Please send in your wildlife photos, as well as two photos (cat and paw) of your polydactylous cat for a special feature. (Be sure to give the number of toes.)
Today’s contribution is from reader Paul Edelman, a professor of Mathematics and Law (!) at Vanderbilt University. Paul’s notes are indented, and you can enlarge his photos by clicking on them.
We live about 3 miles from downtown Nashville in a housing development built on an old golf course in 1993. They managed to keep a lot of the water and some of the old trees so we actually get some interesting migrating birds settling in for a short stay on their way south. The trees seem to be infested with caterpillars and so the birds are able to refuel before the next leg of their journey. These pictures (all taken with a Nikon D-500 camera and Nikkor 500mm f5.6 lens) were all taken in the neighborhood.
Like many new birders, I am particularly interested in warblers. We’ve had a number of black-throated green warblers (Dendroica virens) and magnolia warblers (Dendroica magnolia) come through and even stay a few days. The magnolia warblers are particularly showy and I got a nice picture of one fluttering while eating.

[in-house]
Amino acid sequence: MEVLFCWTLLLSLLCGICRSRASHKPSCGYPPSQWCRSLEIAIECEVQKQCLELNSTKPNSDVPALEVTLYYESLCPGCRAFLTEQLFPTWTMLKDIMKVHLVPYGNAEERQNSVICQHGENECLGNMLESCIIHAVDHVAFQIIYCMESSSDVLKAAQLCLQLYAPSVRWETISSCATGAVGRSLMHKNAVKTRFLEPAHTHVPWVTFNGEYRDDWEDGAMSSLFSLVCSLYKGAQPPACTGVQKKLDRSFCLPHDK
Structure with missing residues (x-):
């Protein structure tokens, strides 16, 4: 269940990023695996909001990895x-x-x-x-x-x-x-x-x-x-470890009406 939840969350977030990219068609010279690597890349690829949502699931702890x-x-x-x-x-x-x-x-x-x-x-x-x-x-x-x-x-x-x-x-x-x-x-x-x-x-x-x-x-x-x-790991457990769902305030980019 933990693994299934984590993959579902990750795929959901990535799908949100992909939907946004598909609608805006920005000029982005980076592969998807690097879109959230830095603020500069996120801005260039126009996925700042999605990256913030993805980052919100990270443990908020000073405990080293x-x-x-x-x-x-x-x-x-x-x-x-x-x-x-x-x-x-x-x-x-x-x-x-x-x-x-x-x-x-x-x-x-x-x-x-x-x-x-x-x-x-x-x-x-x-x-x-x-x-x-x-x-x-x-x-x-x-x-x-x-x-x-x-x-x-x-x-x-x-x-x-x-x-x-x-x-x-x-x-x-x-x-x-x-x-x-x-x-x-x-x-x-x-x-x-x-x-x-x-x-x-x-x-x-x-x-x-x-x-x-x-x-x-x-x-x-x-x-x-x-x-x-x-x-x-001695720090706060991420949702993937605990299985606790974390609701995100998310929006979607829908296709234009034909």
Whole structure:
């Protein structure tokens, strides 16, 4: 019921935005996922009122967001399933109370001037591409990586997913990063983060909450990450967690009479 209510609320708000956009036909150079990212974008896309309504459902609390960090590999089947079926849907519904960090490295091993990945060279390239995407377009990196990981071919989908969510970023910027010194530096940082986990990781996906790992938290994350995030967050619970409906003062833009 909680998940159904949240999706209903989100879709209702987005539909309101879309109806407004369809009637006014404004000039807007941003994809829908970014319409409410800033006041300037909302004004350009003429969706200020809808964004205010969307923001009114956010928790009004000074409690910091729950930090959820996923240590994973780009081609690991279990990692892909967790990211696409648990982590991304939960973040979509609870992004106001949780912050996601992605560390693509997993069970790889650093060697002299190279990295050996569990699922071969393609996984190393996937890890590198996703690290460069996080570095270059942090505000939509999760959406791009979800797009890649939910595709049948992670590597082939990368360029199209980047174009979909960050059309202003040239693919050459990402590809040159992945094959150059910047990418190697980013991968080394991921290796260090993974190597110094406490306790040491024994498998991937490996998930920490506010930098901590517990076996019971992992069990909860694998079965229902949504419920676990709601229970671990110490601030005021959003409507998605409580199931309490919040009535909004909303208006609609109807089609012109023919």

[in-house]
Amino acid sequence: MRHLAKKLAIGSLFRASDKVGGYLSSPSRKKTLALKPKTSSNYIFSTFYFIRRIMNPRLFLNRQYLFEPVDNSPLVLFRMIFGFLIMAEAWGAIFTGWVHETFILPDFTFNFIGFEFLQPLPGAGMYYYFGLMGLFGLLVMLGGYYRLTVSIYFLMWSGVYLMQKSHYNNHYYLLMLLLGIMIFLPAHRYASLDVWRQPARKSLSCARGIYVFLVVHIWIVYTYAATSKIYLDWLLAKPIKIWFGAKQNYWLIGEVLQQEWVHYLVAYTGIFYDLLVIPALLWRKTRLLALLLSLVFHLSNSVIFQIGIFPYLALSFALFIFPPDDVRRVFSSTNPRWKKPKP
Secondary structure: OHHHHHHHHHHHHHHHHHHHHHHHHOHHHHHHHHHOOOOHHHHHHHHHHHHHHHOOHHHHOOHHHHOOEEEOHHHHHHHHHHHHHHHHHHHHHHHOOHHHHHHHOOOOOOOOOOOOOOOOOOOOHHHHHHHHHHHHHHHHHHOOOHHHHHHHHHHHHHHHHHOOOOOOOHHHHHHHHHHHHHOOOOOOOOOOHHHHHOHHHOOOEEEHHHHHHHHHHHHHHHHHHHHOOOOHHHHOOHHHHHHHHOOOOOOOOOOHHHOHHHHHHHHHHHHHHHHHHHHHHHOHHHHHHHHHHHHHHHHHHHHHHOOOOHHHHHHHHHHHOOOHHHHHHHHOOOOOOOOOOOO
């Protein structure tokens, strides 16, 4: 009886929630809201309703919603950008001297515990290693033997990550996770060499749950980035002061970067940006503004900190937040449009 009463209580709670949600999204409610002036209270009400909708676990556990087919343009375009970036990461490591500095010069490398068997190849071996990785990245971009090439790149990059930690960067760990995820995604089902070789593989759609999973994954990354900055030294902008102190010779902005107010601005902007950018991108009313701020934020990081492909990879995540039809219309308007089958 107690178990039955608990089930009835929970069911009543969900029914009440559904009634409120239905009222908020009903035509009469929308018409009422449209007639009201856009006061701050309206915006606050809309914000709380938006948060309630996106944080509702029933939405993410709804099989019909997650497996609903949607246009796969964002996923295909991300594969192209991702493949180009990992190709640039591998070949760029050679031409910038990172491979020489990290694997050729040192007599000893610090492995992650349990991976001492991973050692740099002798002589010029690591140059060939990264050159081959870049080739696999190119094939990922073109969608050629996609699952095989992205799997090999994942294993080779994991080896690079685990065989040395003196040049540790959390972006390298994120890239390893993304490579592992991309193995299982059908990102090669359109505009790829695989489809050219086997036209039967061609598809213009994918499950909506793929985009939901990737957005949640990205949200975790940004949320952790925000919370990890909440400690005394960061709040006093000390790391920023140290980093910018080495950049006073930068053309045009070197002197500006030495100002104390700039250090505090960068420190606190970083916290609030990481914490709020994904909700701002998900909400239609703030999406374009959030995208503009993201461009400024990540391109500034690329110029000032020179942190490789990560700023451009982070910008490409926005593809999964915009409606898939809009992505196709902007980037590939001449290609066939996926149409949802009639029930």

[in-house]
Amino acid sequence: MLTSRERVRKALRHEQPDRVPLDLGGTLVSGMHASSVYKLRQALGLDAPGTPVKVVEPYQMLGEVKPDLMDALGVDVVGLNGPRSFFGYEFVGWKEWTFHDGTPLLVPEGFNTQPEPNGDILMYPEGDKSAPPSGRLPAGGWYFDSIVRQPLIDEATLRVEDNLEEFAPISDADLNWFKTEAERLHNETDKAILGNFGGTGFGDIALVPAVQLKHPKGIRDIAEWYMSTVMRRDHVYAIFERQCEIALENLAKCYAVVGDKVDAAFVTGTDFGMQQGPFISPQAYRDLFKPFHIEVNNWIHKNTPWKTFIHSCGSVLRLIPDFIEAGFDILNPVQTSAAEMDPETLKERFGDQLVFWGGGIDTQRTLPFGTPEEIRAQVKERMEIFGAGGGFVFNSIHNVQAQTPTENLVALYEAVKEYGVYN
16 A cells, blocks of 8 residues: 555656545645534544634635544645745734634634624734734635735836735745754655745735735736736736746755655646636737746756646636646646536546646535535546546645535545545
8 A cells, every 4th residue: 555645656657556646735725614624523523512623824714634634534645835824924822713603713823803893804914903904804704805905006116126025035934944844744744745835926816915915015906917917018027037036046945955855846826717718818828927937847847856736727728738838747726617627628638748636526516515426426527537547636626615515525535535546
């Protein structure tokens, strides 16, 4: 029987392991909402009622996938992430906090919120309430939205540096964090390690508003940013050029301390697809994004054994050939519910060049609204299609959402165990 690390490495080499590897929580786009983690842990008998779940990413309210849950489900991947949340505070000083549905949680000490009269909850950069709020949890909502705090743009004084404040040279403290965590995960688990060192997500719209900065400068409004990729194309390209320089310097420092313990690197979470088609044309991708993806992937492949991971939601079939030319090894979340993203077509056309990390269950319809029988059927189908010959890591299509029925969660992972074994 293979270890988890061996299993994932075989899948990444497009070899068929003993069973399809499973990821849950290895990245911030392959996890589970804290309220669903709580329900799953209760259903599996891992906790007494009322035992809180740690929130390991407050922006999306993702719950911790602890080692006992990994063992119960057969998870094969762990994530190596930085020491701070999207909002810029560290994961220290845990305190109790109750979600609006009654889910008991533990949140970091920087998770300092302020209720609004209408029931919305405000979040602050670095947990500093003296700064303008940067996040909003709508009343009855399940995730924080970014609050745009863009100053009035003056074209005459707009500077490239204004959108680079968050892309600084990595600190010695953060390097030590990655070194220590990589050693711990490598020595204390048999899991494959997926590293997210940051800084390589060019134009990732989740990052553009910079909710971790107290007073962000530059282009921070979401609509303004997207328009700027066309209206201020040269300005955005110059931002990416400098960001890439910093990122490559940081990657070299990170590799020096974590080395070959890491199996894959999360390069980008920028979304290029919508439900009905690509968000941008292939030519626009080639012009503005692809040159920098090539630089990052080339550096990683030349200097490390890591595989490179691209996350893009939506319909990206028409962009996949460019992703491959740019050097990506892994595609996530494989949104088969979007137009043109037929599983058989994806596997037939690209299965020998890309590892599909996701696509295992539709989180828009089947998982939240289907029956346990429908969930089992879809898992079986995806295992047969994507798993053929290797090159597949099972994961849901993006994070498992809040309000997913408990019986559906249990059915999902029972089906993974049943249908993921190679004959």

Black-throated green warbler:
Magnolia warbler fluttering:
I’ve also seen some Tennessee warblers (Vermivora peregrina) and one lonely northern parula (Parula americana). But while craning my neck in search of warblers I sometimes come upon other birds of interest.
Here is an eastern wood-peewee (Contopus virens) that flew in and perched on a dead tree limb. Of course I could be wrong about the identification since many of these flycatchers look alike, especially in the fall.
Finally, I thought your readers might find the duck that you and I have discussed off-line of interest. It was swimming all alone in the drainage pond. My son thinks it might suffer from leucism, a genetic mutation that affects the plumage. You suggested it was a wild hybrid of a mallard with a white Pekin. Your readers can take a vote to settle the dispute!
JAC: This is surely a male mallard (Anas platyrhynchos), but I don’t really know where the colors come from. If it was leucism, I’d think the head would be green. You tell me!